HARTFORD, Conn. (AP) — Connecticut state legislators will return to the Capitol on Monday to consider extending the soon-to-expire gas tax holiday and increase funding for state pandemic payments to essential workers, as well as vote on several other initiatives aimed at helping residents cope with rising costs.
Democratic Gov. Ned Lamont, fresh off his reelection victory, issued the first executive order of his second term on Wednesday and called the lame duck General Assembly into special session.
“These actions can help provide more immediate relief for Connecticut residents as consumers across the country are facing rising prices due to a number of international dynamics and market instability that go far beyond our state,” Lamont said in a written statement.
Connecticut's 25-cent-per-gallon excise tax on gas has been suspended since April 1 and is currently scheduled to resume on Nov. 30. Lamont wants legislators to continue the suspension of the full 25 cents through Dec. 31 before incrementally scaling back the tax relief at five cents per month, beginning Jan. 1.
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Connecticut is one of three states with a gas tax suspension still in effect.
Lamont also wants the Democratic controlled General Assembly to extend free public bus fares, first implemented on April 1, through March 30.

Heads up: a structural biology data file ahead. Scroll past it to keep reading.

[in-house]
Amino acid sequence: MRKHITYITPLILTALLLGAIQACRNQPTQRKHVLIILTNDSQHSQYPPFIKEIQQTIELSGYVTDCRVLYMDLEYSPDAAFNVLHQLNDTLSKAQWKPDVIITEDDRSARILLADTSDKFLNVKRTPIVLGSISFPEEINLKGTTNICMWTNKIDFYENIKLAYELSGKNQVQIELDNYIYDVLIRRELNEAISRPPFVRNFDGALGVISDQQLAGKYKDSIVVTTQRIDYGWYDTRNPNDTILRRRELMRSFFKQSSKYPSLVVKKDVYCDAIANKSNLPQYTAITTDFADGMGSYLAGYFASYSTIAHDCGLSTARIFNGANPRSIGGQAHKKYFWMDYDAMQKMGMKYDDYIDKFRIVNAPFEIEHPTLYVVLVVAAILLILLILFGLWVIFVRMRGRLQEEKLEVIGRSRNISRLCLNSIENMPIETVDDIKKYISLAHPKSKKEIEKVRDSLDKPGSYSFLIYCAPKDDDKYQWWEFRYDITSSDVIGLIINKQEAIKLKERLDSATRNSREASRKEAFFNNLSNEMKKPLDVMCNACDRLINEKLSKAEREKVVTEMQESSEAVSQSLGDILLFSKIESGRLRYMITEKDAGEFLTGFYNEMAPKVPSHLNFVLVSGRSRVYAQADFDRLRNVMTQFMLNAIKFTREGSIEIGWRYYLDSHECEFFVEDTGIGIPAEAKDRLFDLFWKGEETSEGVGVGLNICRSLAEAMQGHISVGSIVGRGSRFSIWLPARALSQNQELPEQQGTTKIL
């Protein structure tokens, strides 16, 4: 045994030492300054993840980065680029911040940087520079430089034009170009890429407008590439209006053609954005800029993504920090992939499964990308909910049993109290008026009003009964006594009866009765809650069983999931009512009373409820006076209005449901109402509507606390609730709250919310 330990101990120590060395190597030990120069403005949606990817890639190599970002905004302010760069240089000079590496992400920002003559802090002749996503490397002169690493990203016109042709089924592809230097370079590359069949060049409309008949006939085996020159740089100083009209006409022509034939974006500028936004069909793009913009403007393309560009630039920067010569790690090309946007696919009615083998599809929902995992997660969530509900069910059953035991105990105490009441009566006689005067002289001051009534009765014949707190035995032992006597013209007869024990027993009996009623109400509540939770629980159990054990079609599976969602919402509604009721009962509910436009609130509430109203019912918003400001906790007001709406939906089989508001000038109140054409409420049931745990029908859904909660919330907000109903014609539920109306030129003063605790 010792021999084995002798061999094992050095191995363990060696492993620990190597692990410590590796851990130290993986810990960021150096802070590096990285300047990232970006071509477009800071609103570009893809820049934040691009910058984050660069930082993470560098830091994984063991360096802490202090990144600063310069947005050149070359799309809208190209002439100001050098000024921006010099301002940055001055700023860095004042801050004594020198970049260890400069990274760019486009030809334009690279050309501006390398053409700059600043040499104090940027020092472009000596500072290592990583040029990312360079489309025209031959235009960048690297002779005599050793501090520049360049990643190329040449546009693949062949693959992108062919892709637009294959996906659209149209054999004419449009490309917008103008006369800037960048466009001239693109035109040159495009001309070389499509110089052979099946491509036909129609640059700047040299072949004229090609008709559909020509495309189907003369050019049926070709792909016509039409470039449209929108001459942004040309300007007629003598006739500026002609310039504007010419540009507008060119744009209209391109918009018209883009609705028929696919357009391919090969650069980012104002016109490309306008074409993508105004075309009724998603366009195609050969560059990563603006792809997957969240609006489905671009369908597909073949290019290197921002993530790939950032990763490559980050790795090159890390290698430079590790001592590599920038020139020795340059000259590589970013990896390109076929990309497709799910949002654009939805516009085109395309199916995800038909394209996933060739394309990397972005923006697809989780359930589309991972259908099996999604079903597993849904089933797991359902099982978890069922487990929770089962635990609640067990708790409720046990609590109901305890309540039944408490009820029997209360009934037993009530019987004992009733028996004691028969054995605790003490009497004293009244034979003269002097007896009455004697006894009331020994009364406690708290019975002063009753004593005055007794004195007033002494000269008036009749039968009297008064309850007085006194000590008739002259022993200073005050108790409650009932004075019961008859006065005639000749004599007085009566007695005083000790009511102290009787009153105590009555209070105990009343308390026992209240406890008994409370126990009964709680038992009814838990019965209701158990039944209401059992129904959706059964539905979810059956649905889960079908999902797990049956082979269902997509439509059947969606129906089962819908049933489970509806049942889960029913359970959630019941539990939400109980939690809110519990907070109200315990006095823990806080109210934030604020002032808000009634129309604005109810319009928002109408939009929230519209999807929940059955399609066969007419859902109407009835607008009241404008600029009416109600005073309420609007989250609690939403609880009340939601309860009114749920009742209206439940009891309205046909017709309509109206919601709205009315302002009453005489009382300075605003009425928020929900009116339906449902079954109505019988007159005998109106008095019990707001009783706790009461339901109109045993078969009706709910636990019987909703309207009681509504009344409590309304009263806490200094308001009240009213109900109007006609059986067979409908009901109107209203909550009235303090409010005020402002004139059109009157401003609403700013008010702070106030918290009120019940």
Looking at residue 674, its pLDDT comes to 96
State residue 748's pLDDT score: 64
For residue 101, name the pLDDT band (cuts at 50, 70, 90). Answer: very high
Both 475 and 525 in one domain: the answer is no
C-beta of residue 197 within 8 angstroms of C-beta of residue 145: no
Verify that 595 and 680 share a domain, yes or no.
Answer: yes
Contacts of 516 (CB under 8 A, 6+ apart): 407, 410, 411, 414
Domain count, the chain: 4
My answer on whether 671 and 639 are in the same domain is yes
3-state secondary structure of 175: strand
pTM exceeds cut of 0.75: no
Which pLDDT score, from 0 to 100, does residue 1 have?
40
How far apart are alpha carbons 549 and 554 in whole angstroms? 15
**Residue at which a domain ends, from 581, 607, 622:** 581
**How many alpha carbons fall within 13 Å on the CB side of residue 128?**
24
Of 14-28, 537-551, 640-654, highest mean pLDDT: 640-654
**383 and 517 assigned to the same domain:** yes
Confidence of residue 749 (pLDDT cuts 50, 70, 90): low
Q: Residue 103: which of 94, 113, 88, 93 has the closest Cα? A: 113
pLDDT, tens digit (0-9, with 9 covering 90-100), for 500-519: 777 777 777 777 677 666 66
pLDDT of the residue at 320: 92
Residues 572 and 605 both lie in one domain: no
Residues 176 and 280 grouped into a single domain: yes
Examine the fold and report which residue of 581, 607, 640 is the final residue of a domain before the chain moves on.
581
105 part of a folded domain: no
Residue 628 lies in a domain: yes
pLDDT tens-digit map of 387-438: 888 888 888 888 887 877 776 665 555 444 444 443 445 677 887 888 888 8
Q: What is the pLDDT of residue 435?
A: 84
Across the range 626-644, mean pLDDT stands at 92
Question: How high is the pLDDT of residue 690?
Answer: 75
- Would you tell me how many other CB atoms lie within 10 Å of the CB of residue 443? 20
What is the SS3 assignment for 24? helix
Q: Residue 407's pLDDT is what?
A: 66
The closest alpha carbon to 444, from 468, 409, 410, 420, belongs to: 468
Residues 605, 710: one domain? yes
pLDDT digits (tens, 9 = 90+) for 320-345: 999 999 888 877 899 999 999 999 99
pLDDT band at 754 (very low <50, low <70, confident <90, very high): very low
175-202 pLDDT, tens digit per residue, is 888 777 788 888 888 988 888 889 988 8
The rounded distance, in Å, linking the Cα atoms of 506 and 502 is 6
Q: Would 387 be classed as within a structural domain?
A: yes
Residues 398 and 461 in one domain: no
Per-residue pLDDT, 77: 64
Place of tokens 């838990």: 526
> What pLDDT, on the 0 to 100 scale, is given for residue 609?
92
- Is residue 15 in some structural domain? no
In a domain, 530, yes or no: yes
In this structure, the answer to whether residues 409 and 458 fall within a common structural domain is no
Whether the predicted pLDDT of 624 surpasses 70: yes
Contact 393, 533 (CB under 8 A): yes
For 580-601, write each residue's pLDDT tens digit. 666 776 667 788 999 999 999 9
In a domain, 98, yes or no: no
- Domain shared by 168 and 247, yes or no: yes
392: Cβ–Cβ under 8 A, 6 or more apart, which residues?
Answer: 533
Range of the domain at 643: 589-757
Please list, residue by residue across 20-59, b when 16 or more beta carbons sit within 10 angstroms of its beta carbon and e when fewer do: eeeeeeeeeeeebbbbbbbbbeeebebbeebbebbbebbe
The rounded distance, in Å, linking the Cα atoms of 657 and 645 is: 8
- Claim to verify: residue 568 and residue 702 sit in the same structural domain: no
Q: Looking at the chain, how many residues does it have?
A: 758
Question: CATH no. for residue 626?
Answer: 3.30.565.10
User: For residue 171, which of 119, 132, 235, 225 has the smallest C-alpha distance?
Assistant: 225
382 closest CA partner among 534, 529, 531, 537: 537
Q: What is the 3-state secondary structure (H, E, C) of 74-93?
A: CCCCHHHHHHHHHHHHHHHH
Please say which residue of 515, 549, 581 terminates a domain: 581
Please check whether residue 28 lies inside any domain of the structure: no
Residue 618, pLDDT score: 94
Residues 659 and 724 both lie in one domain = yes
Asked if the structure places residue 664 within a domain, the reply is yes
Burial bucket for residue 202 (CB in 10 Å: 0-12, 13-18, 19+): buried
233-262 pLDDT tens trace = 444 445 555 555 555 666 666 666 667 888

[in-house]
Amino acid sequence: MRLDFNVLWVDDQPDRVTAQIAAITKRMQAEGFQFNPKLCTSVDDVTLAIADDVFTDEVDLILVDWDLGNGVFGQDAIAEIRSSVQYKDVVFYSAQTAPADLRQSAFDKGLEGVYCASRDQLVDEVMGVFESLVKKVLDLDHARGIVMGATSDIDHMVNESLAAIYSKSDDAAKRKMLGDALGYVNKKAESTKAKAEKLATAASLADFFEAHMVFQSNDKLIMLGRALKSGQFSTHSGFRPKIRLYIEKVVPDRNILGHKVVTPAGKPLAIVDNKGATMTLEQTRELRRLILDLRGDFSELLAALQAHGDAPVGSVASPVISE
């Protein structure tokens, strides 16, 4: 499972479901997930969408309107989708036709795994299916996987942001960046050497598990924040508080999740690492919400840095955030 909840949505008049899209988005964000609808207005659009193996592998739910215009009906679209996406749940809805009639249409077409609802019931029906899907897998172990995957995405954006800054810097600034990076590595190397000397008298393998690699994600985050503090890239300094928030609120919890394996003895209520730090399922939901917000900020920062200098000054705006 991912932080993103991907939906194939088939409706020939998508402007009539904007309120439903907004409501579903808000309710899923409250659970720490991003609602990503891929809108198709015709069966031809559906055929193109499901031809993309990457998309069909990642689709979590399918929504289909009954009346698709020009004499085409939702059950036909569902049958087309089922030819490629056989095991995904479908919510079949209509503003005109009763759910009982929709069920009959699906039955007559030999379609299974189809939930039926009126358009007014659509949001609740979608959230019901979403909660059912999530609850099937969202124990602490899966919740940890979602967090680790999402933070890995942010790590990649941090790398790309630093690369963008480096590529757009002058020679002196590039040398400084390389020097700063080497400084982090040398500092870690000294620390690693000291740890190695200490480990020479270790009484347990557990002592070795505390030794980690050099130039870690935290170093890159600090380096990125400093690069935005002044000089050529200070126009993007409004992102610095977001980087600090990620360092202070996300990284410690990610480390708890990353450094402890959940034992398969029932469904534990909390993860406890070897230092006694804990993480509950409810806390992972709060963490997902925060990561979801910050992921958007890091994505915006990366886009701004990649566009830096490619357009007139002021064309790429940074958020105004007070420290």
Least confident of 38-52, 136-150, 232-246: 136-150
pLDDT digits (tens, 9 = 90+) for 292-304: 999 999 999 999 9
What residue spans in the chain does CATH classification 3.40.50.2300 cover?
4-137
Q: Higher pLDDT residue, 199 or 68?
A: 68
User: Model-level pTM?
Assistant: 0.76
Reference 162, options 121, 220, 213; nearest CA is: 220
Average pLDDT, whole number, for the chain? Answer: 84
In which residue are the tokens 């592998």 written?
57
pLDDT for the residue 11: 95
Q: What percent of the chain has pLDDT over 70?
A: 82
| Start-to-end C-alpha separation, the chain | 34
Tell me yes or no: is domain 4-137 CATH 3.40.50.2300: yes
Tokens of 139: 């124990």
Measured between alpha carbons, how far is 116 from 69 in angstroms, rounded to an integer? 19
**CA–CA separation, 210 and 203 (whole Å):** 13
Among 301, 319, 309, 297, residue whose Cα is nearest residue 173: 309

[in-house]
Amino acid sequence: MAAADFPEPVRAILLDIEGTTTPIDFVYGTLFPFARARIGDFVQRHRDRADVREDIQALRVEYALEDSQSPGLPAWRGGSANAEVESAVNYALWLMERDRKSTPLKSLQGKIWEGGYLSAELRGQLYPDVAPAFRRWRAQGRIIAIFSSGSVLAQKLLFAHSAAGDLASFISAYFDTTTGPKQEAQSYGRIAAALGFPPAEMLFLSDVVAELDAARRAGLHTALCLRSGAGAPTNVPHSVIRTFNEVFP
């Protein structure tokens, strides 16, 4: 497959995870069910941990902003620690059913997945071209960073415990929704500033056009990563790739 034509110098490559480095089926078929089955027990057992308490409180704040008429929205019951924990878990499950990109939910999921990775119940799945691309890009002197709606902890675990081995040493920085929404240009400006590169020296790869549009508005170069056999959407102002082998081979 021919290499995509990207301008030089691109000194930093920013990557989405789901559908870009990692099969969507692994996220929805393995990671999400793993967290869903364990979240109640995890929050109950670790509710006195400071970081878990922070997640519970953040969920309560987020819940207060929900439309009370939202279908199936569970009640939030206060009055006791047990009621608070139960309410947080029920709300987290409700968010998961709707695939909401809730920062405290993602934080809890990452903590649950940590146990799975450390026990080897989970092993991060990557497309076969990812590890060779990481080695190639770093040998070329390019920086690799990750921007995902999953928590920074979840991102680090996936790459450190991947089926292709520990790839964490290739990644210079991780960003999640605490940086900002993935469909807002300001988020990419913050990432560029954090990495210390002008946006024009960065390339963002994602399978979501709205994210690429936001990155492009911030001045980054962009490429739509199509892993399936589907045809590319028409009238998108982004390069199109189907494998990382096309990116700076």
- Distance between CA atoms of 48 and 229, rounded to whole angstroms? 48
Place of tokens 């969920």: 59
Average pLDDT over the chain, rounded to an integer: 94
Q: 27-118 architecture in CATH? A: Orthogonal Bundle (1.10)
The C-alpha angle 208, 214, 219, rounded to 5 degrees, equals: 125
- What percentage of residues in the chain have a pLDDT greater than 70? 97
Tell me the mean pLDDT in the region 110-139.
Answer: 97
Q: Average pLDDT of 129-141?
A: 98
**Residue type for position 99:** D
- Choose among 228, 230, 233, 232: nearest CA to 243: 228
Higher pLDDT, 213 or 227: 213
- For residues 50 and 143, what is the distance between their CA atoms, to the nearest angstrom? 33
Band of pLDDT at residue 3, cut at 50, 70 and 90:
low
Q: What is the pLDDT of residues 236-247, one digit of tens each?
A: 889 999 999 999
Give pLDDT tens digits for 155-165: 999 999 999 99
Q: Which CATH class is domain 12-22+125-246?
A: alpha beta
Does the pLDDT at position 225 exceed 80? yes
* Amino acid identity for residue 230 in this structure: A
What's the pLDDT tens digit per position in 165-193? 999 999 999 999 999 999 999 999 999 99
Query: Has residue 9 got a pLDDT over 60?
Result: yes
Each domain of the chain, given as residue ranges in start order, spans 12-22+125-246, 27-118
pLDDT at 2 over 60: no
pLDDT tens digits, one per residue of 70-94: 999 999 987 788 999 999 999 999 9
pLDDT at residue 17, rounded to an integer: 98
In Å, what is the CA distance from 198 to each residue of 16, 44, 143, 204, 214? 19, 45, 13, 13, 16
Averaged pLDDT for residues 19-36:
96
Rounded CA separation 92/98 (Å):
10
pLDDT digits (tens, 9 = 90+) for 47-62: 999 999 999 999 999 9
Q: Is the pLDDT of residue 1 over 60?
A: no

Other actions Lamont wants state lawmakers to take include:
Lamont has proposed increasing funding from $30 million to $90 million for the state's Premium Pay Program for private-sector essential workers who were employed during the height of the COVID-19 pandemic. The program was initially expected to provide up to $1,000 to eligible workers. But given the large number of applicants, there's been concern that workers would end up receiving up to $233.
The governor is also asking state legislators to allocate an unspecified amount of additional funding to the state's heat and utility assistance program for eligible households given anticipated higher energy costs. Lamont's order calls on the General Assembly to pass a bill that directs state energy regulators to earmark “a portion of certain fines” to a nonprofit agency engaged in energy assistance programs.
Lawmakers are also being asked to change the Jan. 1 effective date for planned updates to the state's so-called “Bottle Bill." Lamont's proposal would allow retailers to sell off their existing inventory without being in violation of a portion of the new law which expands the types of covered beverage containers. Bottle deposits, meanwhile, are scheduled to increase from $0.05 to $0.10 beginning January 1, 2024.